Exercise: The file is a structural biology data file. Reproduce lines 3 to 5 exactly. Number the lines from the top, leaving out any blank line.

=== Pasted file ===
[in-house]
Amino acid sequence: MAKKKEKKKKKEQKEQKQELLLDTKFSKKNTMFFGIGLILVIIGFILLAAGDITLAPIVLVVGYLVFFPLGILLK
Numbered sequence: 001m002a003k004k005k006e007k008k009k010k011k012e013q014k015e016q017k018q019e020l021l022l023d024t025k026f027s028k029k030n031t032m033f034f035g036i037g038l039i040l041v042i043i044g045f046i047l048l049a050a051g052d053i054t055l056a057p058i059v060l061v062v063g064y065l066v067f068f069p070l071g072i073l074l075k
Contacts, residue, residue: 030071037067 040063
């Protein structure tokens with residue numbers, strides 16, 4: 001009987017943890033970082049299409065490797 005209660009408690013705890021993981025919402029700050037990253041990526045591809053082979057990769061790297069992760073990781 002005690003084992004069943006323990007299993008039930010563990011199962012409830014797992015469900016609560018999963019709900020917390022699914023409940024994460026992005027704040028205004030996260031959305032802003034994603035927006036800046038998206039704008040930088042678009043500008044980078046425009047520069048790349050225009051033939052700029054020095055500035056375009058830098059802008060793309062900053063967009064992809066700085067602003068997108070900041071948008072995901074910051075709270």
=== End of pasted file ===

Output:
Numbered sequence: 001m002a003k004k005k006e007k008k009k010k011k012e013q014k015e016q017k018q019e020l021l022l023d024t025k026f027s028k029k030n031t032m033f034f035g036i037g038l039i040l041v042i043i044g045f046i047l048l049a050a051g052d053i054t055l056a057p058i059v060l061v062v063g064y065l066v067f068f069p070l071g072i073l074l075k
Contacts, residue, residue: 030071037067 040063
């Protein structure tokens with residue numbers, strides 16, 4: 001009987017943890033970082049299409065490797 005209660009408690013705890021993981025919402029700050037990253041990526045591809053082979057990769061790297069992760073990781 002005690003084992004069943006323990007299993008039930010563990011199962012409830014797992015469900016609560018999963019709900020917390022699914023409940024994460026992005027704040028205004030996260031959305032802003034994603035927006036800046038998206039704008040930088042678009043500008044980078046425009047520069048790349050225009051033939052700029054020095055500035056375009058830098059802008060793309062900053063967009064992809066700085067602003068997108070900041071948008072995901074910051075709270």